Currently I am laid up recuperating from total left hip replacement. The recipes given here today were prepared prior to my surgery. Hopefully, in two weeks or so, I'll be walking with a cane and will be more mobile.
For those who live near the water, June brings Father’s Day, graduations, June brides and summertime company. I’m still experimenting with new frittatas for my husband. The two most recent preparations were Shiitake, Fontina and Prosciutto Frittata from an old issue of Buon Appétit Magazine (no date on torn out page) and a Crust-less Broccoli Quiche (Cooking Light Magazine, July 2003).
The shiitake, Fontina and prosciutto frittata came out delicious. The mushrooms gave the frittata some meatiness. The prosciutto crisped up when sautéed with the mushrooms and shallots. I overcooked the frittata for my taste. The recipe had you cook the frittata on the stove top until the eggs were almost set, 10 minutes, and then bake for 20 minutes in a 350 degree oven. I think I could have pulled it off the stove top a little sooner and just placed it under the broiler until it was almost set. The grated Fontina goes on top and then broiled a few minutes until the cheese melted.
However, the combination of ingredients really made for a decadent breakfast. The prosciutto got caramelized after baking in the oven and the Fontina melted on the top made for a toothsome topping.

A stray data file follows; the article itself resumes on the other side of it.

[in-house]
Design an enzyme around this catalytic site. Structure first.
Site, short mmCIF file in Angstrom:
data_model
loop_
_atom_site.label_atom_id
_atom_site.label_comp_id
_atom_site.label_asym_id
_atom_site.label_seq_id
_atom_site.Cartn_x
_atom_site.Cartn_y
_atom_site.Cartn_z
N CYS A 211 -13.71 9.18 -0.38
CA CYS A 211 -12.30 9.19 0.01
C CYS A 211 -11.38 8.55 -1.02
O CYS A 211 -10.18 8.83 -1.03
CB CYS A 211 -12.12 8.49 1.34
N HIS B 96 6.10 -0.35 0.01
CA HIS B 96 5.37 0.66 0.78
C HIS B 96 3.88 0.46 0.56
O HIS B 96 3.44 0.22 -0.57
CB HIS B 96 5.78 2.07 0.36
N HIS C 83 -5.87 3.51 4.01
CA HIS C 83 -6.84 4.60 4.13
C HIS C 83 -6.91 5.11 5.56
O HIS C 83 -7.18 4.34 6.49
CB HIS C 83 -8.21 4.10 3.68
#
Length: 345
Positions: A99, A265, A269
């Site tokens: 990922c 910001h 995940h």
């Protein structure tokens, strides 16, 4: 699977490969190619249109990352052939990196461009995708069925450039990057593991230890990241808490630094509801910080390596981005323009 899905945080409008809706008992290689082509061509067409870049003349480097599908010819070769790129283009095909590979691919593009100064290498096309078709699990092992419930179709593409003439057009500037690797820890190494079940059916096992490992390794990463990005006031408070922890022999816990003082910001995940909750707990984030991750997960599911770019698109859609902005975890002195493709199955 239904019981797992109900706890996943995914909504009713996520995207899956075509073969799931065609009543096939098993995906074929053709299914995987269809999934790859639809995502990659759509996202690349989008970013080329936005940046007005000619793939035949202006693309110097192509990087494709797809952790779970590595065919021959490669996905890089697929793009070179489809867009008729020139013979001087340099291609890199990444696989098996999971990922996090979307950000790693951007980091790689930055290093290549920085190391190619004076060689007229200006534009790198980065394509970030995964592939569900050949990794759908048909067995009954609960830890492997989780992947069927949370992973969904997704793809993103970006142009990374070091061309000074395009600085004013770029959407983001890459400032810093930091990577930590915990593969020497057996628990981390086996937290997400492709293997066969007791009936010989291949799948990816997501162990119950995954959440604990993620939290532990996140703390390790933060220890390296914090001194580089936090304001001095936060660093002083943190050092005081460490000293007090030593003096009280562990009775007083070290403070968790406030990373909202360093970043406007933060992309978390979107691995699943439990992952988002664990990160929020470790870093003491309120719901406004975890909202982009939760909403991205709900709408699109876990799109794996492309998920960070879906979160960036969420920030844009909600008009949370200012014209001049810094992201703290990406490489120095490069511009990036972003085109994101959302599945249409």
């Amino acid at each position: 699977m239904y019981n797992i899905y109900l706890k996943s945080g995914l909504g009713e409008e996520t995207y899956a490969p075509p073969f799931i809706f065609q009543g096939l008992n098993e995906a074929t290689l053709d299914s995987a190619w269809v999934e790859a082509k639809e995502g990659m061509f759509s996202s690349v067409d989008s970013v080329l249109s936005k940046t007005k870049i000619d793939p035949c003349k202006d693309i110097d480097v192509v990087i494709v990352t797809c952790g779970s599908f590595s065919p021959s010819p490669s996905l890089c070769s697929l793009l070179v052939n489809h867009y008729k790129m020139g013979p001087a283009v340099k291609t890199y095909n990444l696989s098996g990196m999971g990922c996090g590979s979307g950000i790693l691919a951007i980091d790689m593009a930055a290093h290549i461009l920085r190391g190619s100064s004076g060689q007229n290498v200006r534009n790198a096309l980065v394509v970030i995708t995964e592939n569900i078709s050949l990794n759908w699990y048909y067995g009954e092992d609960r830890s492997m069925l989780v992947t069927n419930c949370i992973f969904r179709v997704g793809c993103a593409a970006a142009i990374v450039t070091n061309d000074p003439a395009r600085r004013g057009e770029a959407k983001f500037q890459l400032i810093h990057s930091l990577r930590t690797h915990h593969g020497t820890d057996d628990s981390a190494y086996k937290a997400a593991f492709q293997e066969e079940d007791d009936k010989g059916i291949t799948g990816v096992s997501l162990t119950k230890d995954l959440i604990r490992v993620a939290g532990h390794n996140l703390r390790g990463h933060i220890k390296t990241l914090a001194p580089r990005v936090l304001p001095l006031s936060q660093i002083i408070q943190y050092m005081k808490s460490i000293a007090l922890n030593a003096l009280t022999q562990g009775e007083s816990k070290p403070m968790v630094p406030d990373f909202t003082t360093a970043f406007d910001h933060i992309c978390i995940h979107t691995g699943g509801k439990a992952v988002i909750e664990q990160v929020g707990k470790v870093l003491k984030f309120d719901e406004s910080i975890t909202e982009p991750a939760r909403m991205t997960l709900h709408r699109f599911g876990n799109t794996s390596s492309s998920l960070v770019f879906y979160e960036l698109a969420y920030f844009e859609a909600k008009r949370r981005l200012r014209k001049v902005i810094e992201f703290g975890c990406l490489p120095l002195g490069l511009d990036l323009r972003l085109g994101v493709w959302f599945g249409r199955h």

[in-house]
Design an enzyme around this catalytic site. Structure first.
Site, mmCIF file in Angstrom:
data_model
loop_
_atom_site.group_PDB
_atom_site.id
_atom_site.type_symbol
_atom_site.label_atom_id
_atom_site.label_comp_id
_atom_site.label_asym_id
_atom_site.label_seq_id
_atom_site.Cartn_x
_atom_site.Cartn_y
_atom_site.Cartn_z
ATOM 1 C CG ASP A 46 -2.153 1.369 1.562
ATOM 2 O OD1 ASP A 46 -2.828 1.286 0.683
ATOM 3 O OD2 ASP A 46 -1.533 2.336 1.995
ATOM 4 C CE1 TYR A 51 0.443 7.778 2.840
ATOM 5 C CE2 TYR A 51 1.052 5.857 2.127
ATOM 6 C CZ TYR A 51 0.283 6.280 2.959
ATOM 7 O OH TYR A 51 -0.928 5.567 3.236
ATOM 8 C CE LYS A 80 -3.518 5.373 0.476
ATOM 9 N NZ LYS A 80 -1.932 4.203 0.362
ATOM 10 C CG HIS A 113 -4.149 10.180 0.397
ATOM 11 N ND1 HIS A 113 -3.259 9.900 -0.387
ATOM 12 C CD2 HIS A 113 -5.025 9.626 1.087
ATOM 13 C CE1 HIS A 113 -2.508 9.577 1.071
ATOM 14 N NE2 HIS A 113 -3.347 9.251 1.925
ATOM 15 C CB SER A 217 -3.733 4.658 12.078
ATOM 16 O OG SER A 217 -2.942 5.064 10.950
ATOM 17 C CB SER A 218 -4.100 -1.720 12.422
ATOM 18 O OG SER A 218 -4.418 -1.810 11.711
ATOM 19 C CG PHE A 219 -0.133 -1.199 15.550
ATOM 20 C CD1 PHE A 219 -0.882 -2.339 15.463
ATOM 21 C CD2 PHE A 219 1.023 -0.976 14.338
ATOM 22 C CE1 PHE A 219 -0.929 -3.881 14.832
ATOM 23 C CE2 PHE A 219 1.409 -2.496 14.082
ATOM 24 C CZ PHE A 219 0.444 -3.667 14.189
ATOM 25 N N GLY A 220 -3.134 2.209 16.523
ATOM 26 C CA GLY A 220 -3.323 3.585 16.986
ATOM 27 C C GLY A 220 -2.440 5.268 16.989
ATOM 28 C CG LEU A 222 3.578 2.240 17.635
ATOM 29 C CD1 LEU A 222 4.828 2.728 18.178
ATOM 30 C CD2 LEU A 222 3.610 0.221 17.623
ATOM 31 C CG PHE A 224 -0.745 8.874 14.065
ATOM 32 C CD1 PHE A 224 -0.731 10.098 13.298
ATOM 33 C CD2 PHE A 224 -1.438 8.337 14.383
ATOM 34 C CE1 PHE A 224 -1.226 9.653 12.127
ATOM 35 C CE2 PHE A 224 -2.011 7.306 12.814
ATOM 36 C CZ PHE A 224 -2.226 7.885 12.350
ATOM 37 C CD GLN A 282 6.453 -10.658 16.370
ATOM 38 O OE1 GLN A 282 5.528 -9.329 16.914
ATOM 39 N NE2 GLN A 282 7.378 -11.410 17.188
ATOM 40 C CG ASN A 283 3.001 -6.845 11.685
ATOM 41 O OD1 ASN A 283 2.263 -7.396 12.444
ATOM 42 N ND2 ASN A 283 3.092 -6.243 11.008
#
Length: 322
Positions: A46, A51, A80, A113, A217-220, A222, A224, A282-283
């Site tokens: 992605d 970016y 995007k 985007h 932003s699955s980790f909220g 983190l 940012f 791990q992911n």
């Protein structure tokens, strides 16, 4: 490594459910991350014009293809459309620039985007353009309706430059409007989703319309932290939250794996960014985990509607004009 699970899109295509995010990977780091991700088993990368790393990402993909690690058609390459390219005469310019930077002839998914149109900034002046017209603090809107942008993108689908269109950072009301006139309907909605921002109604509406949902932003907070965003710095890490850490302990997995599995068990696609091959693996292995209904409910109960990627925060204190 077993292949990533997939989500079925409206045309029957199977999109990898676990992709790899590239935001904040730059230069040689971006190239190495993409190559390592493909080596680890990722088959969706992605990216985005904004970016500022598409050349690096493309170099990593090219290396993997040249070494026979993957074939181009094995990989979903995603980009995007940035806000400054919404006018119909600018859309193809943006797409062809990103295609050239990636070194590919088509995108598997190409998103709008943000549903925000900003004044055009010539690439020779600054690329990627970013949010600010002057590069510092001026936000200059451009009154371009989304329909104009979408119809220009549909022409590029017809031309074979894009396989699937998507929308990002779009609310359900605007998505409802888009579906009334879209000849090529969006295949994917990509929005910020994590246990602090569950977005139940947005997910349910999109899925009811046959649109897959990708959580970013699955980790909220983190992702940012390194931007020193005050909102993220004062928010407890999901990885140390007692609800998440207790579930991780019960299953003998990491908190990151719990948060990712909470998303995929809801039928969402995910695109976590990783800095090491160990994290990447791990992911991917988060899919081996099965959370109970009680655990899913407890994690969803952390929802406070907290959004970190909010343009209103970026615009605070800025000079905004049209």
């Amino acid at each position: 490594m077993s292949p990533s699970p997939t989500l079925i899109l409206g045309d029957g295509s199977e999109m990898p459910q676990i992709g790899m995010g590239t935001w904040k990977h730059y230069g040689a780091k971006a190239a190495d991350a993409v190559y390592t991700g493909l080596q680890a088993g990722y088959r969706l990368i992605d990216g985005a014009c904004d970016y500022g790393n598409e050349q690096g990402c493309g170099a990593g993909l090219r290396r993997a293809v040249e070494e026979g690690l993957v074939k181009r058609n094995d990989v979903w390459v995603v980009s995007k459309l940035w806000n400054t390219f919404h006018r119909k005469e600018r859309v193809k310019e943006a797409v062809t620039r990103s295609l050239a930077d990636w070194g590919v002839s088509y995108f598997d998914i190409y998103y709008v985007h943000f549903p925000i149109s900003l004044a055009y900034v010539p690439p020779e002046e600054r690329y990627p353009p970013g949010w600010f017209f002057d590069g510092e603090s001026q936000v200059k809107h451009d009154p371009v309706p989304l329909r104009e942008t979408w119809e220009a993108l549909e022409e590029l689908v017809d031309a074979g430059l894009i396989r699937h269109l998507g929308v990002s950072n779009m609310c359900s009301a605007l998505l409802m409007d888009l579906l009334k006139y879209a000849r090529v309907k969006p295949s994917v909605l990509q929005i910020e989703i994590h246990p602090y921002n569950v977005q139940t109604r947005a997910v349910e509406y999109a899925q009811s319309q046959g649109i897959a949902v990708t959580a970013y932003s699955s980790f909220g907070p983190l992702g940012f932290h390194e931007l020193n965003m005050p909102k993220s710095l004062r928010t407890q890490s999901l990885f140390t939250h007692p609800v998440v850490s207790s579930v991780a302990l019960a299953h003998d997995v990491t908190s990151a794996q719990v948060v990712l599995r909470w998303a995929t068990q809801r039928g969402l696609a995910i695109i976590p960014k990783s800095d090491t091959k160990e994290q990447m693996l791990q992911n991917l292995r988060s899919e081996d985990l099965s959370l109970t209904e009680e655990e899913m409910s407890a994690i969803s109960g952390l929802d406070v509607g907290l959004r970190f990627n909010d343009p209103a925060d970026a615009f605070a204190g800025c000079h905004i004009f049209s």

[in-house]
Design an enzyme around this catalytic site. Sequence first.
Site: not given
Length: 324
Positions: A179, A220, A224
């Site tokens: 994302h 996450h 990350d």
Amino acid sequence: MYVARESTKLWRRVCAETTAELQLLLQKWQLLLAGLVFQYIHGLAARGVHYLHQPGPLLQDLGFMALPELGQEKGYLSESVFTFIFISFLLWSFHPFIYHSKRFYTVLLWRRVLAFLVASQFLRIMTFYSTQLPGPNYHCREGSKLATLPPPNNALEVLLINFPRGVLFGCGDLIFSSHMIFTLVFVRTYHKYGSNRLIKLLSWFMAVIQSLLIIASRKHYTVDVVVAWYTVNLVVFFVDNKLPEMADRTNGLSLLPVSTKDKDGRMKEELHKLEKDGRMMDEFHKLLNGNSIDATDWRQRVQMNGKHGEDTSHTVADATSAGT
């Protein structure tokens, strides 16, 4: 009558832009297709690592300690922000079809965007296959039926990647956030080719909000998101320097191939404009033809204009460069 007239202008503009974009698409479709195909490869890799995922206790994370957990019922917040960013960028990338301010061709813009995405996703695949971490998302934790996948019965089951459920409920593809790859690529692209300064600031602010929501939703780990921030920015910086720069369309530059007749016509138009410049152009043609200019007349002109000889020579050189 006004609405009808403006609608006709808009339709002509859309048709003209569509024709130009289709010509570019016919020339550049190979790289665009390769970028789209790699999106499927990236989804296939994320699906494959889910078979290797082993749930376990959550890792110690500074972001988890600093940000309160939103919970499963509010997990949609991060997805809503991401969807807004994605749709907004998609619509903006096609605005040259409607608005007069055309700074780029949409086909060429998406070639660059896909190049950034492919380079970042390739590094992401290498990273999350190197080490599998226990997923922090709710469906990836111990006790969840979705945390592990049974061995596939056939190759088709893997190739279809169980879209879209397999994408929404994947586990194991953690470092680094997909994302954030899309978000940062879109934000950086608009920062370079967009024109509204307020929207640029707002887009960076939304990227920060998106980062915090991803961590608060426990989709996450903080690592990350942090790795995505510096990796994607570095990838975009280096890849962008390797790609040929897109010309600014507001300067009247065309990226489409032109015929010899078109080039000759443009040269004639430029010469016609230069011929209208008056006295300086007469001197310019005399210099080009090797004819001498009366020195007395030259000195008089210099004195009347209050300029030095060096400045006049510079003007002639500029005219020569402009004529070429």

Going a little healthier for breakfast, the crust-less broccoli quiche seemed to fit the bill. I did, however, go for full fat Swiss cheese instead of lower fat version the recipe called for. The recipe has 5 cups of broccoli florets that I cut into more manageable bite size pieces. Here’s a tip for you, save your butter wrappers in the freezer. When you have to grease a pan or pie plate, use the butter wrappers which are probably healthier than the ingredients in canned cooking sprays.
The quiche came together quite easily and quickly. You need one pan to sauté an onion, garlic and broccoli and then into a 9 inch pie plate for baking.
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A former teacher, shop-a-holic, empty-nester redefining quick, family approved dinners.